Home is Where the Crisis is
Home is there for you. It is your haven. Your safe place. A place where you can sit back and relax. Spend time with loved ones. Recuperate. And start preparing for the next day.
But what if your home suddenly wasn’t safe? If you came back to a burglary? Or a flooded apartment? Or walls that were infested with termites?
How would you feel? And what would you do? Especially if this was the one place you could find refuge.
Now imagine if every time you came home, you had this sinking feeling, this premonition that something was wrong. If, instead of a flood or burglar or even a colony of termites, you always feared an even worse predicament: an eviction notice.
A National Epidemic
This is what it means to have housing insecurity. To not know where “home” is or will be.
Housing insecurity continues to be an important issue in the United States. In social science terms, housing insecurity refers to a “lack of security in an individual shelter that is the result of high housing costs relative to income, poor housing quality, unstable neighborhoods, overcrowding, and/or homelessness.”
It is an issue that continues to touch the most vulnerable populations of our society, including minorities, middle and low-income families, and younger members of our society.
According to a report from Harvard University, the average national income is insufficient to pay for average rent prices. Since 1960, renters’ median income has only gone up 5% while rent has increased by a whopping 61%. What this leads to is a significant cost-burden for those whose incomes have failed to keep up with rent hikes.
With so much financial capital tied up in rent, Americans have less available for other forms of equity like pension, retirement, investment, etc. Many who cannot afford to stay in their neighborhoods may have to move to poorer communities with fewer resources, worse schooling, and dangerous surroundings.
In addition to unaffordable housing, this report from Harvard University also shows the devastating effects of these rent hikes: homelessness. Researchers found that cities with the greatest rise in housing costs also had the greatest rise in homelessness. This demonstrates that our current predicament is not just the result of poor personal choices, but is instead a real consequence of the housing crisis.
To address this issue before it spirals out of control, we as a nation must put more time, energy, and money into creating affordable housing. This can take multiple forms, from increasing the housing budget to creating community land trusts to restricting unfair landlord practices.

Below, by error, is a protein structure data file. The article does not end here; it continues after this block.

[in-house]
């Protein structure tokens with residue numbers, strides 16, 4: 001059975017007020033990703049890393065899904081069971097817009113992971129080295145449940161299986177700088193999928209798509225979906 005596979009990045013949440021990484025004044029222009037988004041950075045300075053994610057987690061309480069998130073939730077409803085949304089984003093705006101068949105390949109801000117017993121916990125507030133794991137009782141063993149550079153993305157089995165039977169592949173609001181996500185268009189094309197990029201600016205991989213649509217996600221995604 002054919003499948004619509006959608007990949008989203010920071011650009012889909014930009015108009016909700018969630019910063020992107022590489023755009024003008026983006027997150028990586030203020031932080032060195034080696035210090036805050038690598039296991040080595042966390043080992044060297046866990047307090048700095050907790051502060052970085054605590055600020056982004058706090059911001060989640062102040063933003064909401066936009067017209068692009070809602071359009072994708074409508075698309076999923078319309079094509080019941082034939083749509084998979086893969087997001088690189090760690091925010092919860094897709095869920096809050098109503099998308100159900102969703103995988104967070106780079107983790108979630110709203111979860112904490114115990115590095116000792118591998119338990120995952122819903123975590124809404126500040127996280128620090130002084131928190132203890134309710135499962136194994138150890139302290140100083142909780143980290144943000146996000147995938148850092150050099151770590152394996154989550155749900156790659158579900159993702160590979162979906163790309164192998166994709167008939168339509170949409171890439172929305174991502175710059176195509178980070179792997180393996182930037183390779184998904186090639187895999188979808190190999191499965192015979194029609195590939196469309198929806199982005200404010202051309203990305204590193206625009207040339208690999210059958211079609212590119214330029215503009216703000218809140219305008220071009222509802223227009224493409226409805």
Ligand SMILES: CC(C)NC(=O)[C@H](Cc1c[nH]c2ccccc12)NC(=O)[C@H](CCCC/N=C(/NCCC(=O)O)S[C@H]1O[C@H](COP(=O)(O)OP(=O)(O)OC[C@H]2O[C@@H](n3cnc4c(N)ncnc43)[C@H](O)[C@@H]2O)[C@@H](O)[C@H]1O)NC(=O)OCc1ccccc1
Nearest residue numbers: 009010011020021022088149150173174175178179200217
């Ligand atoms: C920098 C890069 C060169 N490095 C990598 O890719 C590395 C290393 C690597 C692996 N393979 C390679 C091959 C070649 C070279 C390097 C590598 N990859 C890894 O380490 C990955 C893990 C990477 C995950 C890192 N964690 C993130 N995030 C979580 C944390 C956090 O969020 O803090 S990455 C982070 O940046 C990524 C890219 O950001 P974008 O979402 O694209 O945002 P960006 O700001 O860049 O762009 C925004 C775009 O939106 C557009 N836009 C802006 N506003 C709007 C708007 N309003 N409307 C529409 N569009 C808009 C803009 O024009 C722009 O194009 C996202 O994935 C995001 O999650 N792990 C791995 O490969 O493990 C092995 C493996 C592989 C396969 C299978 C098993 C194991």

By increasing our housing budget, we can start putting more money into creating affordable housing. For example, we can follow the lead of Washington, D.C. and set aside money for a Housing Preservation Fund. In addition, we can start making use of undeveloped land by building housing, parks, and other amenities, like Gary, Indiana did.
Community land trusts (CLTs) are another popular and cost-effective option. They allow developers to have control over a property for as long as 99 years, while allowing the landowner to keep the rights to the land. The “developers” in this case are usually groups dedicated to serving a community-oriented purpose like providing affordable housing or adding more green space.
For housing restrictions, we can look to New York and Toronto as examples. Similar to restaurants, the local governments in these cities have started giving ratings to apartment complexes based on certain factors. Criteria include cleanliness, landlord responsiveness, safety, etc. This puts the pressure on landlords who receive a low score to improve their offerings.
While housing insecurity continues to be a looming and widespread issue, we can start making reparations by coming together as a community to address it. Only then can we provide a helping hand to the millions of Americans who cannot afford to buy a home or invest in property, who spend more than 30% of their paycheck on rent, and who have to live every day with the worry that their rent could be increased or that they could be evicted without any notice.